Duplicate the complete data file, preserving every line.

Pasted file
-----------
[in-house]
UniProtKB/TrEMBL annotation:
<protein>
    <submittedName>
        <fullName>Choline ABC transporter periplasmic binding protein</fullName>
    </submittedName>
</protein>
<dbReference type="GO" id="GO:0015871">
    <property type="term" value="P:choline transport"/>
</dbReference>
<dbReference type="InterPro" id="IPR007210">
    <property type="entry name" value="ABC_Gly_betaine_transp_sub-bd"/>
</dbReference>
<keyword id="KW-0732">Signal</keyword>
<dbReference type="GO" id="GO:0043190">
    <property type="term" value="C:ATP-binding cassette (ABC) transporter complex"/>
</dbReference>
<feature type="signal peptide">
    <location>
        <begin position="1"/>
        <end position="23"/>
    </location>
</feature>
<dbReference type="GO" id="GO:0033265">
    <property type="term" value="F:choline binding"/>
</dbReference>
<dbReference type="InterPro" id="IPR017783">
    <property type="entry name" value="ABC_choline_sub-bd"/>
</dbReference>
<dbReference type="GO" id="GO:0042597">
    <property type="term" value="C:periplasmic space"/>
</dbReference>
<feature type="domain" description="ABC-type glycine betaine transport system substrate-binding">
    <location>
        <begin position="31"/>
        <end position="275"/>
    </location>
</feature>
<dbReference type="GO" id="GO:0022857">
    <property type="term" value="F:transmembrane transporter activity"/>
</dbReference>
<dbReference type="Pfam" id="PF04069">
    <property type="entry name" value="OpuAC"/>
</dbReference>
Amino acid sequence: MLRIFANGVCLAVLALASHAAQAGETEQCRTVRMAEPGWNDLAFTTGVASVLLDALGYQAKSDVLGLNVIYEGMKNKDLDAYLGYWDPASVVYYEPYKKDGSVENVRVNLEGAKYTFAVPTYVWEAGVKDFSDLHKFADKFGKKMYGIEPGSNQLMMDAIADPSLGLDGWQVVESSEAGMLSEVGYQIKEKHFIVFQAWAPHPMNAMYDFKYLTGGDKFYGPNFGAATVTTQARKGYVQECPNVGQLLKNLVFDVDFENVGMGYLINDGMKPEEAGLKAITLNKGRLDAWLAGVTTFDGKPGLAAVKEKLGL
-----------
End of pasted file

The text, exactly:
[in-house]
UniProtKB/TrEMBL annotation:
<protein>
    <submittedName>
        <fullName>Choline ABC transporter periplasmic binding protein</fullName>
    </submittedName>
</protein>
<dbReference type="GO" id="GO:0015871">
    <property type="term" value="P:choline transport"/>
</dbReference>
<dbReference type="InterPro" id="IPR007210">
    <property type="entry name" value="ABC_Gly_betaine_transp_sub-bd"/>
</dbReference>
<keyword id="KW-0732">Signal</keyword>
<dbReference type="GO" id="GO:0043190">
    <property type="term" value="C:ATP-binding cassette (ABC) transporter complex"/>
</dbReference>
<feature type="signal peptide">
    <location>
        <begin position="1"/>
        <end position="23"/>
    </location>
</feature>
<dbReference type="GO" id="GO:0033265">
    <property type="term" value="F:choline binding"/>
</dbReference>
<dbReference type="InterPro" id="IPR017783">
    <property type="entry name" value="ABC_choline_sub-bd"/>
</dbReference>
<dbReference type="GO" id="GO:0042597">
    <property type="term" value="C:periplasmic space"/>
</dbReference>
<feature type="domain" description="ABC-type glycine betaine transport system substrate-binding">
    <location>
        <begin position="31"/>
        <end position="275"/>
    </location>
</feature>
<dbReference type="GO" id="GO:0022857">
    <property type="term" value="F:transmembrane transporter activity"/>
</dbReference>
<dbReference type="Pfam" id="PF04069">
    <property type="entry name" value="OpuAC"/>
</dbReference>
Amino acid sequence: MLRIFANGVCLAVLALASHAAQAGETEQCRTVRMAEPGWNDLAFTTGVASVLLDALGYQAKSDVLGLNVIYEGMKNKDLDAYLGYWDPASVVYYEPYKKDGSVENVRVNLEGAKYTFAVPTYVWEAGVKDFSDLHKFADKFGKKMYGIEPGSNQLMMDAIADPSLGLDGWQVVESSEAGMLSEVGYQIKEKHFIVFQAWAPHPMNAMYDFKYLTGGDKFYGPNFGAATVTTQARKGYVQECPNVGQLLKNLVFDVDFENVGMGYLINDGMKPEEAGLKAITLNKGRLDAWLAGVTTFDGKPGLAAVKEKLGL